As we arrive at the three-quarter mark in the 2014 baseball season, let’s take a look at how the different parts of the Atlanta Braves measure up.
The team’s recent collapse in the standings has been well-publicized, and perhaps assigning some letter grades to each part of the team can help us find out which parts are pulling their weight and which parts are not.
The Atlanta offense has been offensive this season. Despite being ranked 22nd in baseball with a .244 team batting average, as well as 22nd in on-base percentage and 26th in slugging percentage, the Braves rank just 28th in runs scored.
They’re not hitting or getting on base or hitting for power, and all of that is conspiring to keep their runners from crossing home plate.
While all of the Braves offensive numbers are way down from last season, perhaps one of the most glaring drops comes in the power department. Last year, Atlanta led the National League in home runs with 181 and ranked second in the NL in slugging percentage (.402).
This season, through 118 games, they’ve hit just 94 home runs with a .369 slugging percentage—both numbers are in the bottom third of the league.
When a team goes from the top of the league in home run and extra-base hit production to the bottom third, the result is never going to be good.
Just about everything continues to go wrong for Atlanta’s offense, and that earns it a grade of C- at the three-quarter mark. The Braves are still a team above .500, but they're sinking fast.
If we go by the standard metrics of fielding and look at fielding percentage, then Atlanta’s .985 number this year is right in line with the .986 number it put up last year. Both years, the Braves ranked in the top third in the National League.
If we take a look at an advanced stat, like Defensive Runs Saved, then we see a couple of bright spots and a bunch of not-so-bright spots.
Jason Heyward is leading baseball with 31 DRS. Andrelton Simmons, last year’s DRS leader, is ninth with 14 Defensive Runs Saved. Every other lineup regular has a negative DRS number, with Chris Johnson and his negative 15 DRS bringing up the rear.
So there’s been good defense and bad defense, but overall, it’s been only slightly above average. The Braves aren’t committing an inordinate amount of errors, but they’re also not completing all the plays they could turn into outs.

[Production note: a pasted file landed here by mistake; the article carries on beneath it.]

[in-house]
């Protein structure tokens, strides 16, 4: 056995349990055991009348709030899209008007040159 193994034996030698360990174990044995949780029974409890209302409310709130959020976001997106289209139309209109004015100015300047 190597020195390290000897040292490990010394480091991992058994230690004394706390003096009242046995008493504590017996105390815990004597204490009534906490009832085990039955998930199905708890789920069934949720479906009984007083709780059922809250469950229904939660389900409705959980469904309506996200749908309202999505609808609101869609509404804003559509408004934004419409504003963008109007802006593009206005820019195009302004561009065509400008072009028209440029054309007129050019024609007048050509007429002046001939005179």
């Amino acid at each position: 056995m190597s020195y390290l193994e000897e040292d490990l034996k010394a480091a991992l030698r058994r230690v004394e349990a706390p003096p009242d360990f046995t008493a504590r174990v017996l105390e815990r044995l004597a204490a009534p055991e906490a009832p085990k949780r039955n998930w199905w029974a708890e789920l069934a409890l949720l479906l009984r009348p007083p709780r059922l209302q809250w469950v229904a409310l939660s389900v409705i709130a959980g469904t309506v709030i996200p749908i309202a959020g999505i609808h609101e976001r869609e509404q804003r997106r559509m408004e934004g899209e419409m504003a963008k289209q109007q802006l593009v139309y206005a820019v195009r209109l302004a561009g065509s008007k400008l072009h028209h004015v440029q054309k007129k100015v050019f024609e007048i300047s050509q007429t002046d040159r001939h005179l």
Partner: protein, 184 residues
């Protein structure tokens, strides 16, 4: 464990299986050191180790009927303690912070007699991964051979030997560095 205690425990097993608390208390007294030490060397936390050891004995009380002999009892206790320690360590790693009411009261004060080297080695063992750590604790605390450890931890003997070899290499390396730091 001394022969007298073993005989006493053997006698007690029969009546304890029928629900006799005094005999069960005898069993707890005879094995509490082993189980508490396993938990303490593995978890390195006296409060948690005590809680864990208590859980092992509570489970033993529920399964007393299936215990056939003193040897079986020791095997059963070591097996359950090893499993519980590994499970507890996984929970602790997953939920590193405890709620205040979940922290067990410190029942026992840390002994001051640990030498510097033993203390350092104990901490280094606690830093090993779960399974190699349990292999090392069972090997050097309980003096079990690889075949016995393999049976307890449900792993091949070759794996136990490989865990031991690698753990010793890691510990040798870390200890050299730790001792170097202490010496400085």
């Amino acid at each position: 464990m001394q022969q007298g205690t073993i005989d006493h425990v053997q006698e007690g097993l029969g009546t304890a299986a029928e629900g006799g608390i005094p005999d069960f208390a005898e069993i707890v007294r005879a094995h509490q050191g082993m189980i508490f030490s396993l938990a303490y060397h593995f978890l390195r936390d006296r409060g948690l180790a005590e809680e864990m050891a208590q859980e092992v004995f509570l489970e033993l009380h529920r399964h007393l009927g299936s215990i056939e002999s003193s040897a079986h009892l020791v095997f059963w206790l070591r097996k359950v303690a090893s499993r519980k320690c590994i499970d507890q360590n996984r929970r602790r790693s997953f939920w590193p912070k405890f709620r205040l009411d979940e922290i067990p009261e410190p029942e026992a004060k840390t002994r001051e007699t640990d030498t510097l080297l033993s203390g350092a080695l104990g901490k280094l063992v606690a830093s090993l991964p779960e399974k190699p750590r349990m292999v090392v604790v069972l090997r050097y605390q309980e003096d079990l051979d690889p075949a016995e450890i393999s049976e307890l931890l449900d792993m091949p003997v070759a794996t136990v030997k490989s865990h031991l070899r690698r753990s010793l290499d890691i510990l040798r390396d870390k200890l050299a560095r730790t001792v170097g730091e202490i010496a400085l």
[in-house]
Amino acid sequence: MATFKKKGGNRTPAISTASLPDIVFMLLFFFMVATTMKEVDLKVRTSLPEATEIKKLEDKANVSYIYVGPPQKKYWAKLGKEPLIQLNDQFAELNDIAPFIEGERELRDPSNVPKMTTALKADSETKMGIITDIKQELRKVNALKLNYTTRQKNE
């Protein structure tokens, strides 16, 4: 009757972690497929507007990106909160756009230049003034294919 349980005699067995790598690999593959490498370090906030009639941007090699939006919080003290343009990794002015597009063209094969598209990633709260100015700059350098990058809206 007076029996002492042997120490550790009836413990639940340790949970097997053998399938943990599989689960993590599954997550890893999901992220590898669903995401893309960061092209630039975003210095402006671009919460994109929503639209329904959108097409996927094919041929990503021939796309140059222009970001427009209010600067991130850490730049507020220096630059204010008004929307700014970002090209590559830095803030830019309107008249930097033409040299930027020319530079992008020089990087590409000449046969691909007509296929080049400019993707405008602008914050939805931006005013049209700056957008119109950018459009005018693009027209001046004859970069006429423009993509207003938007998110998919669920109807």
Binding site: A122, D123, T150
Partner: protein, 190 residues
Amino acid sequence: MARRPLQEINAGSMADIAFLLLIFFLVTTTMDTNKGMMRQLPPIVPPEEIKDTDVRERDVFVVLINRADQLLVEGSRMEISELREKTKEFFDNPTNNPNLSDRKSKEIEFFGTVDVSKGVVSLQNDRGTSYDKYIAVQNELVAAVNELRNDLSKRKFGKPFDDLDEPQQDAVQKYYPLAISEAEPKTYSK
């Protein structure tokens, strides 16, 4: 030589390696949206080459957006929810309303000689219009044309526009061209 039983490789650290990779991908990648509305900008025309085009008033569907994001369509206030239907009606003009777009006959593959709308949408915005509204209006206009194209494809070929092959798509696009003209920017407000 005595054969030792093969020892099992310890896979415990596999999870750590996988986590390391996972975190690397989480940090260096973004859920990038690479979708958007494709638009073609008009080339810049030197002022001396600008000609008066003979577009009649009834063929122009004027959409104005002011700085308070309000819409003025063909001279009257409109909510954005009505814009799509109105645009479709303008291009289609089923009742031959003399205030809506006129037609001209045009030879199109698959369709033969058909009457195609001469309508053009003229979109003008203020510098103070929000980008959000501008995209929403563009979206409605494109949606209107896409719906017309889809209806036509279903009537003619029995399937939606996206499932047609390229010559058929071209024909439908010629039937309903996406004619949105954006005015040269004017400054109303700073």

I’ll assign a grade of B- to a solid, but inconsistent, Braves defense.
If you had assigned the Atlanta rotation a grade in spring training, it would have been a “P,” for panic, with the expectation that a solid F would not be unexpected for the first month of the season. The Braves had just lost Kris Medlen and Brandon Beachy, and the team was readying itself to fill in with the inexperienced arms of Alex Wood and David Hale, plus the veteran carcass of Aaron Harang.
If you gave the Atlanta rotation a grade after the season’s first month, it would have been an A+, something completely unexpected. The Braves' spectacular rotation carried them to one of the best records in baseball through the end of April.
So how is that starting pitching holding up now? It’s still looking pretty good. Despite losing another starter for the season to injury (Gavin Floyd), and the head-scratching struggles of Mike Minor, the remainder of the Atlanta rotation has collectively performed better (3.45 ERA) than they did last season (3.51 ERA). Both of those ERA numbers rank in the top third in the National League.
Considering that three-fifths of the expected rotation is out for the year, the remaining bunch has held it together very well and continued Atlanta’s tradition of strong starting pitching. They get a grade of A at the three-quarter mark.
Last season, Atlanta had the best bullpen ERA in baseball—a spectacular 2.46 mark. This year, that number is almost a run higher at 3.32.
That’s still good enough for the top third in the National League, and it’s better than the average Major League bullpen, but it’s not that dominant, shutdown force it was last year.
Strangely, the problem with the bullpen has been in tie games. When the Braves are leading in a game, they have a 2.08 bullpen ERA. When they’re behind, they have a 2.88 ERA. But when the game is tied, the Atlanta pen ERA balloons to 5.04.
At least they’re protecting the lead, but their failure when the game is tied is troubling. That leads to a grade of C+ for the bullpen.
Manager and General Manager
Surprisingly, when Atlanta Journal-Constitution writer Jeff Schultz did an informal poll in his column last week of who is to blame for the Braves' struggles, manager Fredi Gonzalez was ranked third (out of three), behind general manager Frank Wren and the Braves players.
As one high-priced player after another fails to live up to their contracts with the Braves, Wren is being held more and more accountable.
The Braves' lack of a leadoff hitter, or effective left-handed setup man, or effective bench, have fans pointing the finger at Wren and his poor roster construction. Having to release Dan Uggla, who is still owed over $15 million, did not sit well with the Atlanta faithful. And the prospect of someday soon having to do the same with B.J. Upton is leading to an extreme pessimism about the Braves front office and their decisions of which players to hand big contracts to.
On the other hand, Wren has done a good job of finding replacements for the injured rotation arms—signing Ervin Santana in spring training and finding Aaron Harang in a shoebox in his garage. Wren also made a decent morale trade at the deadline by acquiring a lefty reliever and a bench upgrade.
It’s really hard to lay the blame for players not performing up to expectations at the feet of a manager or a general manager. But every team that struggles will ultimately blame the folks who built the team and run the team.
There’s some good and some bad from both Gonzalez and Wren, so I’ll give them each a grade of C at the three-quarter mark.